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Re: [PATCH] Clojure-like syntactic sugar for an anonymous function liter

From: Phillip Lord
Subject: Re: [PATCH] Clojure-like syntactic sugar for an anonymous function literal
Date: Fri, 23 Jan 2015 11:53:35 +0000
User-agent: Gnus/5.13 (Gnus v5.13) Emacs/24.4 (gnu/linux)

Oleh <address@hidden> writes:

>>> Maybe we could introduce a more limited form of reader macros.
>>> E.g. allow #<letter><sexp> and make the reader return
>>>    (funcall (cdr (assq <letter> reader-macro-alist)) <sexp>)
>> Would it not be possible to have the reader return a macro which could
>> do the cdr and assq at compile time and obviate the need for funcall?
>> This would be faster. It means that changes to reader-macro-alist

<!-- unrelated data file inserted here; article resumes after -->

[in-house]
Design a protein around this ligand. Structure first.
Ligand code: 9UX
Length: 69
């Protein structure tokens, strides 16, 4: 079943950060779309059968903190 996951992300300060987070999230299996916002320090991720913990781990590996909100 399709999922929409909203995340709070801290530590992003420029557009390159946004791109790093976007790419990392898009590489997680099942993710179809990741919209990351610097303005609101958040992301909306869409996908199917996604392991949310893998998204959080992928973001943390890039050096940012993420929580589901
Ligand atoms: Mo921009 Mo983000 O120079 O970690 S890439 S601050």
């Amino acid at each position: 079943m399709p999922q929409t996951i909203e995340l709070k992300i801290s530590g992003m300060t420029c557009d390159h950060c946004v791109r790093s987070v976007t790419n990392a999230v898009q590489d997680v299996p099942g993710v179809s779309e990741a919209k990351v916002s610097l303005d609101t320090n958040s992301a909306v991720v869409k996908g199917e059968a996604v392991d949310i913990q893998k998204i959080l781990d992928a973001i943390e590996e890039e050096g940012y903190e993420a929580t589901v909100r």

>> wouldn't be reflected in code till it was re-evaled.
>> My main concern with this as a proposal is that <letter> is a fairly
>> small namespace. There is a lot of possibility for pretty disasterous
>> clashes if this gets used in the wild.
> How about this:
>     #a(...) is (reader-macro-a ...)
>     #b(...) is (reader-macro-b ...)
>     ...
>     #z(...) is (reader-macro-z ...)
> This would be easy to implement, since this is just an extension of
> the `backquote' and `short-lambda' method to 26 reader macros.

That would work, but I don't think it's necessary -- if there is a
compile time lookup, it's just as efficient. More over, it's not
necessarily 26 macros -- if emacs is multi-byte then there are a lot of
potential macros.

It would even be possible to do

#symbol <form>

where symbol is any length, which would help to avoid the namespace
problem -- this is pretty much the expressivity of tagged literals in
Clojure. Although, my experience in Clojure is that few people use them,
because they must be namespaced so take too long to type (and for other
reasons I think).

> The core could take over some of them, and leave the rest open to the
> public.

I'd agree that single (and probably two) letter symbols would have to be
restricted to the core by convention.


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